It’s about Hiring Noble, Dedicated Veterans

Marine Wounded Warrior Regiment Commander COL John L. Mayer motivates over 200 corporate and federal attendees at the Wounded Warrior Employment Conference at the Ft. Belvoir Officer’s Club on February 28. Military, federal, and corporate agencies are learning about the benefits and best practices of hiring wounded, ill, and injured Veterans.

By SSG Emily Anderson, WTC Stratcom
Today at the Wounded Warrior Employment Conference at Fort Belvoir, VA,, COL John L. Mayer, Commander, US Marine Corps Wounded Warrior Regiment, demonstrated his passion and dedication to helping inform employers from federal and corporate organizations about not only the Marines, but other service Veterans.

“These wounded warriors have heart and put their all into everything. We need to show them how much we care,” Mayer said. “These are American heroes, and they deserve the best we have to honor their service.”

Mayer’s message of hiring dedicated individuals who have served their country nobly regardless of service is what this employment conference is all about.

“We are talking about Americans who will bring the same type of spirit they brought to the battlefield and to the team, and bring it to your companies,” Mayer added. “They have already done the absolute, and they are looking for something that is noble, something that is a profession, a career that will meet with what they have already done.”

“These guys have fought together, sweated together, recovered together,” he continued. “Wouldn’t it be great to figure out a way to keep them as a team, and have them fight now in their careers and in their life as part of a team they are used to?”

“Let’s ensure we give them the very best this country can offer. It’s the least we can do,” Mayer said to end his speech which echoed the conference theme: Educate – Empower – Employ.

Federal Employers, Are You In or Are You Out?

By Julie O’Rourke, WTC Stratcom

The Honorable Juan M. Garcia, III, Assistant Secretary of the Navy for Manpower and Reserve Affairs offered perspective on the closing day of the Wounded Warrior Federal Employment Conference Thursday.  “We have a lot of wounded warriors now that previously would not have lived,” he said.  “In WWII, for every 100 combat injuries, 33 were fatal.  Now only 6 are fatal.  It’s historic, it comes with a charge, a way to successfully reintegrate a cadre of wounded warriors we haven’t seen before.”  These decades of perspective give new meaning to BG Williams’ charge that each agency official commit to hiring at least one wounded warrior.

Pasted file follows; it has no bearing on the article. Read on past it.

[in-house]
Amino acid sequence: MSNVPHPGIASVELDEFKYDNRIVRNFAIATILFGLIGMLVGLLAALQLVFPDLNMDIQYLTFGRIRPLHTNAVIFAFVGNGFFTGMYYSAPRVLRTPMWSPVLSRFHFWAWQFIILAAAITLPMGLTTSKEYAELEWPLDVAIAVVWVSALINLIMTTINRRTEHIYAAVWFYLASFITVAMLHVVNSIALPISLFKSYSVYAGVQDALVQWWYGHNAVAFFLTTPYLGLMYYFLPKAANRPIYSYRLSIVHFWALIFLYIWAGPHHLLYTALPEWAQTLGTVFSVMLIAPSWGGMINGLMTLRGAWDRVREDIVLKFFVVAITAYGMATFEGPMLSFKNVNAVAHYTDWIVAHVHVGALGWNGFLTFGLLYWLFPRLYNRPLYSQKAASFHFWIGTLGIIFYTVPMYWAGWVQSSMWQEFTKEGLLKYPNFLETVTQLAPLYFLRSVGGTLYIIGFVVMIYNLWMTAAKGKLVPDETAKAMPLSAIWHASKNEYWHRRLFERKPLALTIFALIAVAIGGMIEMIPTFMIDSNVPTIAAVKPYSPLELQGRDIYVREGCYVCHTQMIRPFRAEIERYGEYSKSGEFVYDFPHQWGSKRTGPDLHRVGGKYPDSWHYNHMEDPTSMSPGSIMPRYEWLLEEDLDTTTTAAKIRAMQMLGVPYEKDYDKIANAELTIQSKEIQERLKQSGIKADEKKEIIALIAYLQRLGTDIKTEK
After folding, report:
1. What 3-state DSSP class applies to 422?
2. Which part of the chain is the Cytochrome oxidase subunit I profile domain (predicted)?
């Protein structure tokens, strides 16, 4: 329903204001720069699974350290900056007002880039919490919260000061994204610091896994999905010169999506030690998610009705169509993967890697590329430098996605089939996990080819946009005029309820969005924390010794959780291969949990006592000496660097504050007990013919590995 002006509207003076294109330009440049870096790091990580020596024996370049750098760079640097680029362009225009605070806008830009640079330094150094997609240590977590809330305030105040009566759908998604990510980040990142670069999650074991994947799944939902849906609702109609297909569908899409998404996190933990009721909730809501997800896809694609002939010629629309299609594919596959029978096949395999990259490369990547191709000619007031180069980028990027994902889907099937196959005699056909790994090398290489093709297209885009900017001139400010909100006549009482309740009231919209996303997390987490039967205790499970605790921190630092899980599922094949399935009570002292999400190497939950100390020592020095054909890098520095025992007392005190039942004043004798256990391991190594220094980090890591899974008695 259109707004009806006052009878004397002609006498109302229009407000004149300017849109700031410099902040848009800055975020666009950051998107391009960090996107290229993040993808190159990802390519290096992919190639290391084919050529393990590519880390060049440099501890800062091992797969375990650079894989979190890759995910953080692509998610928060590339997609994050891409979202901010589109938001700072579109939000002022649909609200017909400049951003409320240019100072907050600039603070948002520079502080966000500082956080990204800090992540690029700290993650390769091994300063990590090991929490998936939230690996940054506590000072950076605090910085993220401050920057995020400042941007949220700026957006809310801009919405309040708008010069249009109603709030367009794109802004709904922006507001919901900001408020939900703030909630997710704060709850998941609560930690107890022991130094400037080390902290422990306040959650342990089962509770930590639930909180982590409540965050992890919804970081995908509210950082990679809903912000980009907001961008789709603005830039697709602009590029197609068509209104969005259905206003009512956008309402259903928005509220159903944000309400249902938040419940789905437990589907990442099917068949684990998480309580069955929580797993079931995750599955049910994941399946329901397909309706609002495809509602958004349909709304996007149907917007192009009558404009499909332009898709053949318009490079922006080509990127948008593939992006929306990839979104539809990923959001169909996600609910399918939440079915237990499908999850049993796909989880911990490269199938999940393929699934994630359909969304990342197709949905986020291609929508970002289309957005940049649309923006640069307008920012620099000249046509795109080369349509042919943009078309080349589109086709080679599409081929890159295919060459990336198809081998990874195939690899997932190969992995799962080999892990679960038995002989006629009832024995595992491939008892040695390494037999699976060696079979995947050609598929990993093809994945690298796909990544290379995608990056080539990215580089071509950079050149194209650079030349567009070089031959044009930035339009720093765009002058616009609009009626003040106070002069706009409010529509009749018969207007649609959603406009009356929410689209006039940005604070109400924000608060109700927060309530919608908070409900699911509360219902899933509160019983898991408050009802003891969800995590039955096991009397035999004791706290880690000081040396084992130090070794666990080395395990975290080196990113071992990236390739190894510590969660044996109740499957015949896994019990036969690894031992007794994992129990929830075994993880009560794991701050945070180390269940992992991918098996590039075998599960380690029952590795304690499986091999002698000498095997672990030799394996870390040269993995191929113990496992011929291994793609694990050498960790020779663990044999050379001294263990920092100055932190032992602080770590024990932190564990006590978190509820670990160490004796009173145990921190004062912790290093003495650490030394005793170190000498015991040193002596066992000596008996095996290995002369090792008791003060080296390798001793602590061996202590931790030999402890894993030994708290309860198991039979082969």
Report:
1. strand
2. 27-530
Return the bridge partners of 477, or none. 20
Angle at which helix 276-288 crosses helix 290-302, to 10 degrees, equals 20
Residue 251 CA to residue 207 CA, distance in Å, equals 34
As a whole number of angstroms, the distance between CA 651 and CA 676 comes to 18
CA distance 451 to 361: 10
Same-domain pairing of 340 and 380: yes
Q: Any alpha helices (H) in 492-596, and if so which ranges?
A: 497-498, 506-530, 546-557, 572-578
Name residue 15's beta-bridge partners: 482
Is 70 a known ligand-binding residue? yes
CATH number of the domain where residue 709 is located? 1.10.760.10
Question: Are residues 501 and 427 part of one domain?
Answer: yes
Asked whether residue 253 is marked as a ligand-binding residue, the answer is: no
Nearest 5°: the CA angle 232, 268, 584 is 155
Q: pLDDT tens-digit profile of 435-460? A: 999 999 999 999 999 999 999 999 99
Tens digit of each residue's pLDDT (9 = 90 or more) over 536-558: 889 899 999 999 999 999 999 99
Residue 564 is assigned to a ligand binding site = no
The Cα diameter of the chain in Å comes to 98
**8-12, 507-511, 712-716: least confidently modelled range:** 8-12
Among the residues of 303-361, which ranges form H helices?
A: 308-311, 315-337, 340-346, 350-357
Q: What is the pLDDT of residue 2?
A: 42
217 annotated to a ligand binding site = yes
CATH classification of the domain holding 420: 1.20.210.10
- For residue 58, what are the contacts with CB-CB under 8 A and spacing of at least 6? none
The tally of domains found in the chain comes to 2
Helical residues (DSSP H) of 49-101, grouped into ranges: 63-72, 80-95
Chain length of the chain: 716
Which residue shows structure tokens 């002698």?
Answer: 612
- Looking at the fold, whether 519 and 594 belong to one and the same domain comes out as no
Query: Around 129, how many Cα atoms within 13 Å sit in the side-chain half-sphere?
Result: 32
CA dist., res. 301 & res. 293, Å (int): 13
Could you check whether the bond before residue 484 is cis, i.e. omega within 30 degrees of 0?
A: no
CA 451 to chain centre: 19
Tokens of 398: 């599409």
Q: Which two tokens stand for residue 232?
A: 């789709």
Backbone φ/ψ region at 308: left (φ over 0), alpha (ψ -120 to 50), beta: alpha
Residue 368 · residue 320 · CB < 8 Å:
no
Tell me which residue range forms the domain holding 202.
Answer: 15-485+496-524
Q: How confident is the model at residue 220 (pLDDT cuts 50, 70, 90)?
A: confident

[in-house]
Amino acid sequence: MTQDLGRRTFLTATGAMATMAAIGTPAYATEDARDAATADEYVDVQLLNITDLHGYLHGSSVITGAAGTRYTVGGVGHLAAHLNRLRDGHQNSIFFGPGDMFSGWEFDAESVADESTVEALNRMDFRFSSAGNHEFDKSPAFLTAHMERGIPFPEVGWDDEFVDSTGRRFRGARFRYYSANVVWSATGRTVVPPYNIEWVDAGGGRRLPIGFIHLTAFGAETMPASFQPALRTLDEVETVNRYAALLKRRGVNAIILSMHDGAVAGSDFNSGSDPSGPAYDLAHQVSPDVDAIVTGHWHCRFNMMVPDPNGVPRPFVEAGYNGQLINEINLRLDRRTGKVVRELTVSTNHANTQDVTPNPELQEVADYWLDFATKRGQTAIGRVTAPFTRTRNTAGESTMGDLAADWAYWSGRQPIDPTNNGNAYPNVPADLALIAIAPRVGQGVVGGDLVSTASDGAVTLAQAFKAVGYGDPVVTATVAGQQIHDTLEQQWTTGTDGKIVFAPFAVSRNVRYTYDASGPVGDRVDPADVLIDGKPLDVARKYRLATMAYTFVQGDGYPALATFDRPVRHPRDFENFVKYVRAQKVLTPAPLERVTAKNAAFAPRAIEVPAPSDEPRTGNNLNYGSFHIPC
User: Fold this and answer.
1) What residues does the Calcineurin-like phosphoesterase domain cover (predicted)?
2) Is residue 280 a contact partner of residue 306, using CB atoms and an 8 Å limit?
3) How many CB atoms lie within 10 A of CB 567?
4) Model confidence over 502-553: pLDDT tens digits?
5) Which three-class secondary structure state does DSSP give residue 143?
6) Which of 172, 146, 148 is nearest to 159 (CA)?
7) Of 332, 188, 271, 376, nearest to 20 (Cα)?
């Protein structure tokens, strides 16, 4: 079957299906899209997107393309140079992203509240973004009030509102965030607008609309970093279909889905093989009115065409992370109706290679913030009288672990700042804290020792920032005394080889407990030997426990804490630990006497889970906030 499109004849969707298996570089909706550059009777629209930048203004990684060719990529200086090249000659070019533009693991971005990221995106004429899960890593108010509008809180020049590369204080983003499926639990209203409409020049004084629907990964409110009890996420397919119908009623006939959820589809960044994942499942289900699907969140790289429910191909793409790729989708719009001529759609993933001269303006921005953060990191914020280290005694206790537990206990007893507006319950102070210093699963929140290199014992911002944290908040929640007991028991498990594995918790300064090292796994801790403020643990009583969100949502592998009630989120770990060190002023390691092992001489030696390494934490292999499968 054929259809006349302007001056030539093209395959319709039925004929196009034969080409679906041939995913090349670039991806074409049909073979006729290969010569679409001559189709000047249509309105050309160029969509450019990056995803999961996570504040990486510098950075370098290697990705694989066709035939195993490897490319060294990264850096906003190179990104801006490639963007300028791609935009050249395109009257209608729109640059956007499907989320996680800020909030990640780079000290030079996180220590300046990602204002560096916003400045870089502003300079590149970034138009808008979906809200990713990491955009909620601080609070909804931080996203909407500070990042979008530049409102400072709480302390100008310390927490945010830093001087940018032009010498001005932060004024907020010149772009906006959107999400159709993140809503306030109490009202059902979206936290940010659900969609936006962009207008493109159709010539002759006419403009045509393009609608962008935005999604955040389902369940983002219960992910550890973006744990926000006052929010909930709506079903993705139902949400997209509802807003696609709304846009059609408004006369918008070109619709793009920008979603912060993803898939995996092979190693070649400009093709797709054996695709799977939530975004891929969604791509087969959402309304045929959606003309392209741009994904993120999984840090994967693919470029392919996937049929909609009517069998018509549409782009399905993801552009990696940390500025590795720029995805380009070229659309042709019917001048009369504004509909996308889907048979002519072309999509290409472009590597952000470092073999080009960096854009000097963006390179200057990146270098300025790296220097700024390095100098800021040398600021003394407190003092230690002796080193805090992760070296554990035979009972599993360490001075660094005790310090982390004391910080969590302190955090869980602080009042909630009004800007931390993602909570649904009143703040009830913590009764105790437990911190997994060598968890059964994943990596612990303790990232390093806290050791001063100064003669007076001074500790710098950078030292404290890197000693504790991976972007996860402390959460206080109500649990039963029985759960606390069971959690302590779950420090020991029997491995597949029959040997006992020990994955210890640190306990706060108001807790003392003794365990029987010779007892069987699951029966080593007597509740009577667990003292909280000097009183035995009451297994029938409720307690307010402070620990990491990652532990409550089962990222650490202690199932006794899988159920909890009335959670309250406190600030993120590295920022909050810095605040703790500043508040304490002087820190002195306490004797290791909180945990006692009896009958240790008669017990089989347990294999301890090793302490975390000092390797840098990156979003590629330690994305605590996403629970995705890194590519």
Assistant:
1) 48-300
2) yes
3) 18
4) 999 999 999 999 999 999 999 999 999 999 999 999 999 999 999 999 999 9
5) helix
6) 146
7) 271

It hurts me when I see a Soldier that has been hurt.  Given their sacrifice, helping Soldiers find jobs after their medical retirement seems like a very small commitment to me.  Secretary Garcia’s comments put wounded warriors’ employment needs into perspective and helped me understand why we have difficulties finding them all jobs.  Wounded warriors are a blessing.  They’re a resource that America might have lost without today’s advanced medical technology.

During these two days, we learned about a number of different tools agency officials and Soldiers can use to get Veterans into jobs.  In the end, however, success for these programs will come from driven people: Soldiers who get up every day and work hard to look for jobs and agency officials who interview with patience and an eye towards the future.   

VADM Kevin McCoy, Commander of the Navy Sea Systems Command, closed the conference with a call to action for each agency represented: “When you leave here, you need to decide whether you’re in or you’re not.  If you’re in, it will be incredible.”

AW2 from a Newcomer’s Perspective

By Julie O’Rourke, WTC Stratcom

I first interacted with the Army Wounded Warrior Program (AW2) last week.  Although I was aware of the program, I had never met an AW2 Soldier, Veteran, or Family member. 

I interviewed four wounded Soldiers as part of a résumé workshop to prepare Soldiers for their transition to civilian work.  I was surprised at the intensity of the emotions I felt listening to the interviews. I saw Soldiers who had already given freely to their country and struggled through painful rehabilitation, come back to learn how to give to a new employer, and struggle to establish themselves again in a new profession.   Each of the Soldiers was grateful for the opportunity to learn a new skill and to take active steps to prepare for the next phase of his/her life.

Many of the Soldiers had never created a résumé before; they were truly starting over.  I have had to start over a few times in my life—never because of a sense of volunteerism as strong as a Soldier’s.  I was instantly overwhelmed with the feelings of uncertainty I saw in the program’s participants as they approach this transition to Veteran status.  They have Families to support and medical challenges, new limitations on what they can do, and they need to learn to articulate their military skills in a way that makes sense to the civilian workforce.